Why choose natural ventilation?
Natural ventilation uses wind speed and temperature to achieve controlled ventilation, providing the benefits of natural air with the security and control of HVAC systems.
Natural ventilation is not a new concept. It has been part of Middle Eastern architecture for thousands of years, but became little used as air conditioning was introduced following World War II.
However, as environmental concerns have increased and sustainable design has become more desirable, natural ventilation has become the preferred system for schools and buildings.
Natural ventilation can also improve the health of the building's occupants, and has been proven to alleviate Sick Building Syndrome, improving concentration rates and reducing absenteeism.
The energy used by natural ventilation is minimal, with the motors used to power the dampers the only draw on natural resources.
Even hybrid systems, which are a combination of passive ventilation and fan assistance, are far more efficient than HVAC alone.
It therefore gives considerable cost savings through reduced construction costs, as well as reduced maintenance and running costs and free night-time cooling.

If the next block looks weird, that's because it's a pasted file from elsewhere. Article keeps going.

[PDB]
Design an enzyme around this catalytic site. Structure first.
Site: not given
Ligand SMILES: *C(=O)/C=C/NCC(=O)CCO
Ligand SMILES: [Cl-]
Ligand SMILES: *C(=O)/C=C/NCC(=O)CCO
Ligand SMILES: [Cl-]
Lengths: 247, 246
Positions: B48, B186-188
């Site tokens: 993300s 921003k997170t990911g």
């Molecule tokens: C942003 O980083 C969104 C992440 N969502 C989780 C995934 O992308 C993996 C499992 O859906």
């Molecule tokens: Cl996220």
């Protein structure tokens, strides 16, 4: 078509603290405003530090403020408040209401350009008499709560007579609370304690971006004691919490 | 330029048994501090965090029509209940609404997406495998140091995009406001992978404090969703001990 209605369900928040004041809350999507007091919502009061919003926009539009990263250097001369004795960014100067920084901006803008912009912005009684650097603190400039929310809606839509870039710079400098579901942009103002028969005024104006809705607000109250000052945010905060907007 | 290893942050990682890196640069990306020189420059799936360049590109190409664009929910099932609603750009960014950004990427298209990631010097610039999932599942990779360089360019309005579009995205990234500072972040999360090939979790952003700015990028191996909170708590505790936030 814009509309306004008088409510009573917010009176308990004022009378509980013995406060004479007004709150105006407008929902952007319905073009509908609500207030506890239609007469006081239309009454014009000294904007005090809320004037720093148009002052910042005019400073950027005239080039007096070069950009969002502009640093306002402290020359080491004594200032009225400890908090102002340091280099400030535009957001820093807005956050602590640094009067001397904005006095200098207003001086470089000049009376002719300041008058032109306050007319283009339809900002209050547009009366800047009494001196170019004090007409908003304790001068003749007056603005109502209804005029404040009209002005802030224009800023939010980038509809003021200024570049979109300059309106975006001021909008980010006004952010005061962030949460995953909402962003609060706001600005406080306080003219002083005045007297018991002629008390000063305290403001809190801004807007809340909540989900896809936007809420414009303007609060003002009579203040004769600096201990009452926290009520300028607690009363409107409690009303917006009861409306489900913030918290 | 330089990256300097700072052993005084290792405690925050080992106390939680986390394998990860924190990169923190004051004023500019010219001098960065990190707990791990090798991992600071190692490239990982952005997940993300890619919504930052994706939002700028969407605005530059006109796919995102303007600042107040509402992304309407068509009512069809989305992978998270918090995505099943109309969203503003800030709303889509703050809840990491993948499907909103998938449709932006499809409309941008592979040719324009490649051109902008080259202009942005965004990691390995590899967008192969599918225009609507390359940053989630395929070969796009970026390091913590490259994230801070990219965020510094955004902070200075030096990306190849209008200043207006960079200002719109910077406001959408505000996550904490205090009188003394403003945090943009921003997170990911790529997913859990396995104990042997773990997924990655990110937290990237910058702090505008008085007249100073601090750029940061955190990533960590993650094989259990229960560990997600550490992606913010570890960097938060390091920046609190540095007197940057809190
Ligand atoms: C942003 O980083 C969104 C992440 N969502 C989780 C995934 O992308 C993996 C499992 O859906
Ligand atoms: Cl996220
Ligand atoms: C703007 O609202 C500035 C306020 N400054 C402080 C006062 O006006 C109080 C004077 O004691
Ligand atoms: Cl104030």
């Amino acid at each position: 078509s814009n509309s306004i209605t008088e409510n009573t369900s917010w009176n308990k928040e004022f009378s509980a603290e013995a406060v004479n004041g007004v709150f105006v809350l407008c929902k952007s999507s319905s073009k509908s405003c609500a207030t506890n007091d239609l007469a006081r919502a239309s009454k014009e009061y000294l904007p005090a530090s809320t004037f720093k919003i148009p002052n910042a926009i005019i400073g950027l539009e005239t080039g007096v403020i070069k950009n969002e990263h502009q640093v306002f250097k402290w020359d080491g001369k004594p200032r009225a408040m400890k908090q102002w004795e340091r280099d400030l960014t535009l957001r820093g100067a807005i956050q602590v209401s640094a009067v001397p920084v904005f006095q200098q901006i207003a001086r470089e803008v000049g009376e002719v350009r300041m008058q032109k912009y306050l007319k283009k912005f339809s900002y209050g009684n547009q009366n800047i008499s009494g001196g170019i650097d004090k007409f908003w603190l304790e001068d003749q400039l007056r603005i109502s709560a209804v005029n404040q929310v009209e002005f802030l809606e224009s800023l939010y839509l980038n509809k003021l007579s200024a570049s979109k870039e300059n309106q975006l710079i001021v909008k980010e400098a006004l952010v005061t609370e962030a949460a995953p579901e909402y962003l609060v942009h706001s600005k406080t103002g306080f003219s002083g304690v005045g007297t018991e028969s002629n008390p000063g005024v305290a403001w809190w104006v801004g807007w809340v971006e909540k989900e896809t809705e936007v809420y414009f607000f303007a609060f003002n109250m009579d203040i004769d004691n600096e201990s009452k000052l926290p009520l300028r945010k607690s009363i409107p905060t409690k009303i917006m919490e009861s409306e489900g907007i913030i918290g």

The ethos of a natural ventilation system is one that fully encompasses the occupants' requirements, the design and construction as well as the costs and benefits.
Flexibility and variation in design lead to an individual solution for each unique building.
Principles of natural ventilation...
tek intonat® offers a number of natural ventilation strategies depending on your aesthetic and ventilation requirements.
Stack effect is temperature induced. When there is a temperature difference between two adjoining volumes of air, the warmer air will have lower density and be more buoyant, thus will rise above the cold air creating an upward air stream.
In order for a building to be ventilated adequately via stack effect, the inside and outside temperatures must be different so that warmer indoor air rises and escapes the building at higher apertures, while colder, denser air from the exterior enters the building through lower level openings.
Stack effect increases with greater temperature difference and increased height between the higher and lower apertures.
The force of the wind is driven down into the room or space below and, having a greater density than the internal air, this cooler incoming air flows down to floor level, whilst the less dense, warmer internal air rises and exits through the passive or active stack quadrants as a form of displacement ventilation.
As the wind changes direction at roof top level the system quadrants also change their function to continually provide the incoming air and extract stale air from the building.